When Securities and Exchange Commission Chairman Jay Clayton handed a policy win to corporate executives this month, he pointed to a surprising source of support: a mailbag full of encouragement from ordinary Americans.
To hear Mr. Clayton tell it, these folks are really focused on the intricacies of the corporate shareholder-voting process. "Some of the letters that struck me the most," he said at a commission meeting in Washington, "came from long-term Main Street investors, including an Army veteran and a Marine veteran, a police officer, a retired teacher, a public servant, a single mom, a couple of retirees who saved for retirement." Each bolstered Mr. Clayton's case for limiting the power of dissenting shareholders.
But a close look at the seven letters Mr. Clayton highlighted, and about two dozen others submitted to the SEC by supposedly regular people, shows they are the product of a misleading — and laughably clumsy — public relations campaign by corporate interests.
That retired teacher? Pauline Yee said she never wrote a letter, although the signature was hers. Those military vets? It turns out they're the brother and cousin of the chairman of 60 Plus Association, a Virginia-based advocacy group paid by corporate supporters of the SEC initiative. That single mom? Data embedded in the electronically submitted letter says someone at 60 Plus wrote it. That retired couple? Their son-in-law runs 60 Plus.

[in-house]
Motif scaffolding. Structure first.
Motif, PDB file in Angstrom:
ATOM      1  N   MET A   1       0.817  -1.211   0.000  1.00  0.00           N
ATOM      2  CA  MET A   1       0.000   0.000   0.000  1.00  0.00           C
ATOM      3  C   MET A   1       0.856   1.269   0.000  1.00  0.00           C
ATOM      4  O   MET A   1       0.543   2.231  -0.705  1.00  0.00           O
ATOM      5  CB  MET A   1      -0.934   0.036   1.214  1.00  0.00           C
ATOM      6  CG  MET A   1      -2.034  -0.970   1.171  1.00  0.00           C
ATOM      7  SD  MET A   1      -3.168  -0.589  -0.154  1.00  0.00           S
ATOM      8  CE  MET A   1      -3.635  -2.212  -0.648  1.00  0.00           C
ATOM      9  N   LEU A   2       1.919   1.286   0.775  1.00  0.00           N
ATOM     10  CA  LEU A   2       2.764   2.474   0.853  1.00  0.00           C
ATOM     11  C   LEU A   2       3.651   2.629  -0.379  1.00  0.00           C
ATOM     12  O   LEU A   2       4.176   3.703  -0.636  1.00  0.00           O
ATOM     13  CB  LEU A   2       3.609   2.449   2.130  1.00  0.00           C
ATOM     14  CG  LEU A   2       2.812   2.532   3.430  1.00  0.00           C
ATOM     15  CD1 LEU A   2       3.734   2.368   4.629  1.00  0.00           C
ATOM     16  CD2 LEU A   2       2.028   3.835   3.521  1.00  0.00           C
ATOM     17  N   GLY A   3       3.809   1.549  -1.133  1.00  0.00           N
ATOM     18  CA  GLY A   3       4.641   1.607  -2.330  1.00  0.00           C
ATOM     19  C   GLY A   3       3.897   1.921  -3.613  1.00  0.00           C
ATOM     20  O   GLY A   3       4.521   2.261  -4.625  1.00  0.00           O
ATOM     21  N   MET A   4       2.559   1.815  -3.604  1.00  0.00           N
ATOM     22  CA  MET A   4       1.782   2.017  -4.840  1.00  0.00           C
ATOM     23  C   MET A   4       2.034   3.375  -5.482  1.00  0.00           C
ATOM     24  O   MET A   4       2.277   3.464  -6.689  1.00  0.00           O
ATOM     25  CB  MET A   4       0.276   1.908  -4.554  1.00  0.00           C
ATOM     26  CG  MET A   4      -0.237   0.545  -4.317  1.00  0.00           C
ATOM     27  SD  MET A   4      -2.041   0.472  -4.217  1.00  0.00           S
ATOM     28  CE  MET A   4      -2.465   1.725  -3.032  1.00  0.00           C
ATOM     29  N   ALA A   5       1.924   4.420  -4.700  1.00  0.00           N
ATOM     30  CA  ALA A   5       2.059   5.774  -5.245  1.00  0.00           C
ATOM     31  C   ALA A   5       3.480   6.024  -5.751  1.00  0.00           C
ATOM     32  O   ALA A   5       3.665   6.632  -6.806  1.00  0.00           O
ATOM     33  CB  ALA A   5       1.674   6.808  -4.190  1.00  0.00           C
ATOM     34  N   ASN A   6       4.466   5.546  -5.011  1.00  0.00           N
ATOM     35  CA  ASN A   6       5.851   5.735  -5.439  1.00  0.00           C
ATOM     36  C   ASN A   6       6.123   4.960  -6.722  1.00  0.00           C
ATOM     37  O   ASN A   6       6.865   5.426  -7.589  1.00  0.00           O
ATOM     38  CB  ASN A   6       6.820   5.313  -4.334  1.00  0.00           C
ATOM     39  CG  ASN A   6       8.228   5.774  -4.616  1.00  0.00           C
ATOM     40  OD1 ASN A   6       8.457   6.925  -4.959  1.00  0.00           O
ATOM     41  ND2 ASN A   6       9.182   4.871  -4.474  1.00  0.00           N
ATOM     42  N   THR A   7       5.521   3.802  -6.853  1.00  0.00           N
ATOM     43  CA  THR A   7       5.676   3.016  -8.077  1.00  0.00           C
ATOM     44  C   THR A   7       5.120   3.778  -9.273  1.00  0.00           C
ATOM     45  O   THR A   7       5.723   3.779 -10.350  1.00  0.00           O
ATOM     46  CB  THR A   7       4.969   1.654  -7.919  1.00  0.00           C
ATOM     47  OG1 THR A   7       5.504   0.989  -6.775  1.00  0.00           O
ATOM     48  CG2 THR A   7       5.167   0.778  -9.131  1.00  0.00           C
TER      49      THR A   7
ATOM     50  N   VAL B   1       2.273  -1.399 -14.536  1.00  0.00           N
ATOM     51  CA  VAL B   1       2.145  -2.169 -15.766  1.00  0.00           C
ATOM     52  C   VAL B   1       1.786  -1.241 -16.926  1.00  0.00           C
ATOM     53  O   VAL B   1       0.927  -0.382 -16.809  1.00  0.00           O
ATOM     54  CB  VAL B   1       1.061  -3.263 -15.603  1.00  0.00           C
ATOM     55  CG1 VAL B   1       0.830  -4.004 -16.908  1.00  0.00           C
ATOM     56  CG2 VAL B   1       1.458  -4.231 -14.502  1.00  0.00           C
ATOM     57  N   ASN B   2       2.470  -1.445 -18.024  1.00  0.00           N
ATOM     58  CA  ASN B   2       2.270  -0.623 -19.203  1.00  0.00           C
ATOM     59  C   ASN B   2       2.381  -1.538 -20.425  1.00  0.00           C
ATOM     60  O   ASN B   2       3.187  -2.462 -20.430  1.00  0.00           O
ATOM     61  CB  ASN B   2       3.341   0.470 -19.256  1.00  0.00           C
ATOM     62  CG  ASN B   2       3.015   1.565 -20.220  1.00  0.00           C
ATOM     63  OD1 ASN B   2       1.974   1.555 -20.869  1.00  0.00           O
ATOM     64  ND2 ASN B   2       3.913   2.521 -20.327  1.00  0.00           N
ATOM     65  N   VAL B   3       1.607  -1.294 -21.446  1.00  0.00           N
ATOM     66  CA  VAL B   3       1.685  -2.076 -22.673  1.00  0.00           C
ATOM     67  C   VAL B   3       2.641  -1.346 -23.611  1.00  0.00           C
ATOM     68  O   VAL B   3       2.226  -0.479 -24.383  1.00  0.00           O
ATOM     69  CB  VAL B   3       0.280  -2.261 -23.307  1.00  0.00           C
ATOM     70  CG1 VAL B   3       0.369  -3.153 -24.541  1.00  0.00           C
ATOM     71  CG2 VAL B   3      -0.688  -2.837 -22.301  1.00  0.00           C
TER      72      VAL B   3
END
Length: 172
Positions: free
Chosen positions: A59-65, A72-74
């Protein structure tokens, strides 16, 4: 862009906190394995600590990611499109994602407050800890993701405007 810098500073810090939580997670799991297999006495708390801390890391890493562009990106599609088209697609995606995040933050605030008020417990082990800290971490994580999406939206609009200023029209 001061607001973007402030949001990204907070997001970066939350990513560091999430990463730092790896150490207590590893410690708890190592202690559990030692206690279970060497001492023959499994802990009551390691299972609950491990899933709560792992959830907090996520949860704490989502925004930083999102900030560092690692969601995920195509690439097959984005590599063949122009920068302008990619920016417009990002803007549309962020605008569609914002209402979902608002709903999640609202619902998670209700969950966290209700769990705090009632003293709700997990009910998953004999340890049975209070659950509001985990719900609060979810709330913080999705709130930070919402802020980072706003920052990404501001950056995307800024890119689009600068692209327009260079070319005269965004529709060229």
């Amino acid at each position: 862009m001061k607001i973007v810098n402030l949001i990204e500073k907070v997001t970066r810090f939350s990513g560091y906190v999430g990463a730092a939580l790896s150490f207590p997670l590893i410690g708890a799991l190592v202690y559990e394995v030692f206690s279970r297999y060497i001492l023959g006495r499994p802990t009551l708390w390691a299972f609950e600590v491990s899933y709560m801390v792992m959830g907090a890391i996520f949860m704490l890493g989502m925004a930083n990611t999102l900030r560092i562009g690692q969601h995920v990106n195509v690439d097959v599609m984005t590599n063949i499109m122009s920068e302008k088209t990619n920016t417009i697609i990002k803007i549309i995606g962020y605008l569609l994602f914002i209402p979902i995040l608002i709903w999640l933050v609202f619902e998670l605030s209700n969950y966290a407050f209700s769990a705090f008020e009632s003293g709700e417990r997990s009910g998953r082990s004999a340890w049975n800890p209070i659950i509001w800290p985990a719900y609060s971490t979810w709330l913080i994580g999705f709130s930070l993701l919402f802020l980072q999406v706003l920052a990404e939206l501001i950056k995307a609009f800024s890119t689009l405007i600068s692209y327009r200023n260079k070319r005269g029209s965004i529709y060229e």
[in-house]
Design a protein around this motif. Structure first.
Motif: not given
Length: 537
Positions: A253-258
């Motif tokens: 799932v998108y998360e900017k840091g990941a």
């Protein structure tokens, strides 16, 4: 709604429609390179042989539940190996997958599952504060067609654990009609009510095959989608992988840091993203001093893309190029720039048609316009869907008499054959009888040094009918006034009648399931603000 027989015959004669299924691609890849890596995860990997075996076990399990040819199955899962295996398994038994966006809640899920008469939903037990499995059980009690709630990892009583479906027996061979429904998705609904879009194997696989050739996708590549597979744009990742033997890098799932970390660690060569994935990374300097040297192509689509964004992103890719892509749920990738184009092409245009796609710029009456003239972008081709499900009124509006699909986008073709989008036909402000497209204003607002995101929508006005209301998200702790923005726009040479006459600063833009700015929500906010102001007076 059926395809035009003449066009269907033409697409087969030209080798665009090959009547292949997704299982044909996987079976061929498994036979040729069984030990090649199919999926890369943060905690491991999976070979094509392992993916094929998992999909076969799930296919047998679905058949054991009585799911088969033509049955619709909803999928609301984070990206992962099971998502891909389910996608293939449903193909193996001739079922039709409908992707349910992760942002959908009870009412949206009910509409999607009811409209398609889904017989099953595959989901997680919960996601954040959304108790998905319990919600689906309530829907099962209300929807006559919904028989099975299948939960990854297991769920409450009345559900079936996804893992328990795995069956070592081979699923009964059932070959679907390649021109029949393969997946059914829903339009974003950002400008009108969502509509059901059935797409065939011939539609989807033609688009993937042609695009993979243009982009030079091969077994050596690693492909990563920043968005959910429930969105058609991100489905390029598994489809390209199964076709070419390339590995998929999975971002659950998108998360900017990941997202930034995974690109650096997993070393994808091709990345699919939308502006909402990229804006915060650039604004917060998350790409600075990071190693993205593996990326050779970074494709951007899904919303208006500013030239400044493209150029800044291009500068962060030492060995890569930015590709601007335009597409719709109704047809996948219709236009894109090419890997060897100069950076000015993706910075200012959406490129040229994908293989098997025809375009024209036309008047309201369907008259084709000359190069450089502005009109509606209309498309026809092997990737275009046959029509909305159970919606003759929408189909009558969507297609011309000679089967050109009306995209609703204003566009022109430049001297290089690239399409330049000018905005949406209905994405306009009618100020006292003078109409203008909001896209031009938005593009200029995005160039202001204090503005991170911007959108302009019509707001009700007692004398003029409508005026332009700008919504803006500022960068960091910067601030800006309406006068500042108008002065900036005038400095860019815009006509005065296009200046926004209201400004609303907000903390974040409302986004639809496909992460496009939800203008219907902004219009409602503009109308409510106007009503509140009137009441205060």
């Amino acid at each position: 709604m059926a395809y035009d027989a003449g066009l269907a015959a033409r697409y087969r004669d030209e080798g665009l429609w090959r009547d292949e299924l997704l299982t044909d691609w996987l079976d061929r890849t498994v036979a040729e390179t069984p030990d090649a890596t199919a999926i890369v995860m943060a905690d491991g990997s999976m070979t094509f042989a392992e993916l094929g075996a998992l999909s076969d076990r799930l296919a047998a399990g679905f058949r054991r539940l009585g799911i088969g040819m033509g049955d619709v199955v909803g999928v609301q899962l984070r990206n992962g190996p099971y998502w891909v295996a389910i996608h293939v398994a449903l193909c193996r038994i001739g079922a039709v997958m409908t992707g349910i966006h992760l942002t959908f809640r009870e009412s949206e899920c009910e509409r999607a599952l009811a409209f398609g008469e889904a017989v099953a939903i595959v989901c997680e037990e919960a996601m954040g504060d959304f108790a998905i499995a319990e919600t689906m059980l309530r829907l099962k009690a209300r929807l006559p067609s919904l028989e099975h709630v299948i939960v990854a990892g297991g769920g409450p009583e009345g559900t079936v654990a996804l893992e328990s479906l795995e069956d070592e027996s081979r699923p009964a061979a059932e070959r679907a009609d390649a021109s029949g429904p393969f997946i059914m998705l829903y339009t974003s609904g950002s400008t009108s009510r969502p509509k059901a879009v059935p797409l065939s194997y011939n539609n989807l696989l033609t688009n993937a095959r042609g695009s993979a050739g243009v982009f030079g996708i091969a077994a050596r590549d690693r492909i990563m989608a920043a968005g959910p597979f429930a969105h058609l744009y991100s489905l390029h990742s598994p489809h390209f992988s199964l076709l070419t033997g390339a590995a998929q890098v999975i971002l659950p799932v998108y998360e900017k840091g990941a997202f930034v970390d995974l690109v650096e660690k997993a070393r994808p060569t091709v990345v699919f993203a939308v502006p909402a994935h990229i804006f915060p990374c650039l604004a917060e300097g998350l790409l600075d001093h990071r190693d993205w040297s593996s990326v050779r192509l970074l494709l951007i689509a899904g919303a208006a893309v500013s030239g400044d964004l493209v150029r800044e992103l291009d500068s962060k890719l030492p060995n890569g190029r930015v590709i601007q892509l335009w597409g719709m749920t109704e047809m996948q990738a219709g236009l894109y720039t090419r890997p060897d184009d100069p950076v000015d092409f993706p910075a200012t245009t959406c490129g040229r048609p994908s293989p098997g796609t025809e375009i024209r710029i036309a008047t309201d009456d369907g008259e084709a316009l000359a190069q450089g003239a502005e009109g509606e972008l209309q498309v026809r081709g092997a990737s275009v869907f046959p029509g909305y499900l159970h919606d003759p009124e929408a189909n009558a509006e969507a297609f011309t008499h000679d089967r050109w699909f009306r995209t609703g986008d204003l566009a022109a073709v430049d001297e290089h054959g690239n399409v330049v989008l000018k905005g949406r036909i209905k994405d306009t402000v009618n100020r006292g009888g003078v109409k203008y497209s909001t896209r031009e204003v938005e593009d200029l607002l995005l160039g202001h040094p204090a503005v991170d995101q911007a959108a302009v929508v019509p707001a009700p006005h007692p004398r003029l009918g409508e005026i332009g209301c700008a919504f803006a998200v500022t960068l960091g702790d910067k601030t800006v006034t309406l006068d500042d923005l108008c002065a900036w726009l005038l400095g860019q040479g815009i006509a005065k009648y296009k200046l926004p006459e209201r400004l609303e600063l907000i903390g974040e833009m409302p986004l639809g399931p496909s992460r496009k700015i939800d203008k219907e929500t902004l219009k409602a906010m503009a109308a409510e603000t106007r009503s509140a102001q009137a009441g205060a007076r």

"I never wrote a letter," said one of the retirees, Vytautas Alksninis, reached by phone at his home in Connecticut. "What's this all about?"
Then there's the public servant Mr. Clayton mentioned. Marie Reed's letter has sharp words for proxy advisers, firms that counsel fund companies on how to vote at shareholder meetings. But when reached by phone in California, the retired state worker said she wasn't familiar with the term. She said the letter originated with a public-affairs firm that contacted her out of the blue.
"They wrote it, and I allowed them to use my name after I read it," she said. "I didn't go digging into all of this."
The SEC declined to comment on any irregularities with the letters. The proposal was "informed by a variety of inputs," it said in a statement to Bloomberg News. "The various letters we received on the proxy process highlighted the importance of these issues. We welcome all interested parties, particularly our Main Street investors, to comment on our proposals."